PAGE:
You’ve heard of shotgun weddings. Well, this is a shotgun blog post.
It has been some time since I posted new material on my website, I know. I put humor writing on hold for the most part this past year to focus on my dramatic works.
After nearly 20 years of practice, maybe 15 of those serious, I find my path as a writer at a most difficult stage.
I feel like I’ve worked my craft enough to try for an agent while I continue to read and write, learn and improve.
After all, I’ve penned three novels, two humor essay collections, a book on religion and philosophy, a 110-000-word memoir no one will ever see, a couple hundred poems, stacks of journals, and at least 3,000 news stories in addition to I-don’t-know-how-many editorials, anecdotes, and pieces I’m not really sure how to classify. (Not to mention a few dirty stories about naughty stewardesses.)
Thing is, now that I’ve actually begun submitting my work—something I have avoided out of sheer terror these decades—I see more and more agents and publishers demanding a writer have a robust “author platform” consisting of scads of Facebook and Twitter followers, as well as a highly trafficked blog.
I don’t have any of those things. For whatever reason, as witty (go ahead, roll your eyes—I am) as I think I am, I’ve had real trouble with engagement.
It can’t be my sparkling personality, can it? Well, answer me you bastard!
When people like celebrities with zero writing ability are able to land big book deals, it’s obvious just how important the platform is.
To make matters worse, I impatiently went ahead and self-published a few books in recent years.
It was lazy.
It was stupid.
And it is forever … since Amazon will not let you take a book off its listings no matter how much you beg or swear.
To make matters worse, I read not too long ago that it can be difficult to get a book deal if you have self-published stinkers hanging around on the internet. Call me “Skunk Boy.” (Melville would be proud.)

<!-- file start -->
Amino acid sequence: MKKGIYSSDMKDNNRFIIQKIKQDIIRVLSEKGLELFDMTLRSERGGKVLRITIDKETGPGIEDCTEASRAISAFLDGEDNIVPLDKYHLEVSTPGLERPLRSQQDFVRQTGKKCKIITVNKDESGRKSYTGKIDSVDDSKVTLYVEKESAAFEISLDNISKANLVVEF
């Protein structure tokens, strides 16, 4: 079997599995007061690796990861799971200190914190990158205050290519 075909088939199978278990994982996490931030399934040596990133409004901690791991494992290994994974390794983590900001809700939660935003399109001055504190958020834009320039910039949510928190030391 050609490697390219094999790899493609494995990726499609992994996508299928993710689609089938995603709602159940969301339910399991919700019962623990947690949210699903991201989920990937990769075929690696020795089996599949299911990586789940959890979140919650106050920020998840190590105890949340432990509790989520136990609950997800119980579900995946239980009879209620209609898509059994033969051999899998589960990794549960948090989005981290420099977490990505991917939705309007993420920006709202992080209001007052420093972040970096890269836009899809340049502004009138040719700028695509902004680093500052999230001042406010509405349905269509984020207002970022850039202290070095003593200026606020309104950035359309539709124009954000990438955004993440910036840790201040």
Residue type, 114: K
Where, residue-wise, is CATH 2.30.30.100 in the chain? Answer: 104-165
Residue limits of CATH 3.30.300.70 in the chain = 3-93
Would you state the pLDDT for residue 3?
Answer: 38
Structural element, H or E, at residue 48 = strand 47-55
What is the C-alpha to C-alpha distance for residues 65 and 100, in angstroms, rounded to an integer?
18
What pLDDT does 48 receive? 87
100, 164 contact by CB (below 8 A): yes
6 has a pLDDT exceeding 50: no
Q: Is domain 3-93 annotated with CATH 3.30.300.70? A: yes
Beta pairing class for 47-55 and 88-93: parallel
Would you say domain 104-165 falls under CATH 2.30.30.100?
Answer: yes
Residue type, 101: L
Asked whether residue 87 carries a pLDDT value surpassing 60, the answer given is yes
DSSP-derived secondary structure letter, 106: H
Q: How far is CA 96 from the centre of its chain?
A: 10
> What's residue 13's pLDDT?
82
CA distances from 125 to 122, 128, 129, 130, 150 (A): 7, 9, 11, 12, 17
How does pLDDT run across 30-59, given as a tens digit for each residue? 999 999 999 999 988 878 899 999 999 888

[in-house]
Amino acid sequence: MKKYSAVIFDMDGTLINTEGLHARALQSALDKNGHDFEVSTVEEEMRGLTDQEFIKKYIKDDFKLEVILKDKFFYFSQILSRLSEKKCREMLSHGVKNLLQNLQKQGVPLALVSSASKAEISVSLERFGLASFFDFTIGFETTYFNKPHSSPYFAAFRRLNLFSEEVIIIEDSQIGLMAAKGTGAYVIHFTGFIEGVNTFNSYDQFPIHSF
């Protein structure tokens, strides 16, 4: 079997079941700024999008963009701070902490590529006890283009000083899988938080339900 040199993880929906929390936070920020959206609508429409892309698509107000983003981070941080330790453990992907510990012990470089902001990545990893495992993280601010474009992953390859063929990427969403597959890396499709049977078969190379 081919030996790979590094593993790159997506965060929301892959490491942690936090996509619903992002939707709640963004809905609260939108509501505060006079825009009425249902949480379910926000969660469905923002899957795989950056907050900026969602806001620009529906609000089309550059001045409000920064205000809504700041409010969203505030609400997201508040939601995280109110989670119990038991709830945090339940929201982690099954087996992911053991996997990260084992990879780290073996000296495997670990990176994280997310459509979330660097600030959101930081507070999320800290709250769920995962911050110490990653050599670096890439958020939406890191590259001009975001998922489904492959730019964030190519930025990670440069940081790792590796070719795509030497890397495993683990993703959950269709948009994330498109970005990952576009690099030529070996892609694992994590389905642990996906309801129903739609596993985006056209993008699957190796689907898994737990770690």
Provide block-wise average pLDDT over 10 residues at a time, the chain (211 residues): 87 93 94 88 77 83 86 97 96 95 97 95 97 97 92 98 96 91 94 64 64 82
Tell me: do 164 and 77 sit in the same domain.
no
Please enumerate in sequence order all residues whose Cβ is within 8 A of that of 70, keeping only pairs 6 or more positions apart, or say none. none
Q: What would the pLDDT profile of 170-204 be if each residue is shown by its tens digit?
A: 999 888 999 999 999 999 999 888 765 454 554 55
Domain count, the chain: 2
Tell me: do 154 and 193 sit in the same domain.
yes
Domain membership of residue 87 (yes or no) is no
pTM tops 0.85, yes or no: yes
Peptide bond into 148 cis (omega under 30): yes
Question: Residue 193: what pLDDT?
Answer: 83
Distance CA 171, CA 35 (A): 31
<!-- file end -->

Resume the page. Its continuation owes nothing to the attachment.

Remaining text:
Don’t get me wrong, I’ve perused the articles of tips on how to build the author platform, which on paper looks surprisingly like an old English gallows.
I think I understand the science (?) of it: Dancing bear + Drunk uncle over Video = Likes squared [DB+DU/V=L2]
I even stooped to sitting in on a few webinars and purchasing some e-books from “authors” who said they could help turn me into a star, just as long as I paid the extra $99 for the undercoating.
Their answers all turned out to be sales pitches to buy more webinars and e-books.
I get it. I’m supposed to generate fans so that, when I get a book deal, I’ll have a preexisting customer base. But, first I need to give people a reason to become fans.
Sounds simple enough.
That might work if I was a teen mom with a sassy catchphrase, or a sexy single lady looking for love from a gaggle of rich bachelors, or even a drunk idiot from New Jersey with big hair and a spray-tan.
But, I’m not.
I’m just a middle-aged hypochondriac with bad teeth and a spoiled dog.
I don’t see anyone making a reality TV show around that.
I don’t have a dancing cat or a llama who does long-division or even a parrot who sings heavy metal.
So, what can I do?
I hired a couple beta reader services to critique two of my novels, the ones I finished over the last year.
I’m about to do another round of revisions on the historical novel based off their (betas’) insights.
This past week, I submitted a short story, three poems, and an essay to three separate literary magazines.
I also sent a copy of one of my humor essay collections as an ice-breaker to a literary agent I think would be a good match for my work. Not the proper way to do business, I know. But, I’m impatient and dumb, remember?
I’m not about to give up but there are several times each week when I ask myself, and my poor patient wife, if this quest of mine isn’t an insurmountable one.
Then I sigh, eat a peanut butter and orange marmalade sandwich, read a chapter of a good book, and go back to writing and revising.
I’ve also decided to start blogging about my journey because the experts say this will make you love me.
I don’t know if that’s true.
I mean, I love burritos but I don’t follow them on Facebook. (Although, I did dedicate a book to Taco Bell—no foolin.)
I follow Joe Scarborough on Twitter but I’m not about to buy any of his books.
Anyways, if you do end up loving me, maybe you will buy my books when that one agent in New York stops laughing at my hilarious collection of humor essays and calls to say he’ll take me on even though he’s not currently accepting new clients.
And maybe we can get a burrito together. You know, before I become too famous. I mean, we’ll each get our own burrito but at the same time.
That’s all for now.
If anyone needs me, I’ll be in the kitchen sighing and making a PB&M sandwich.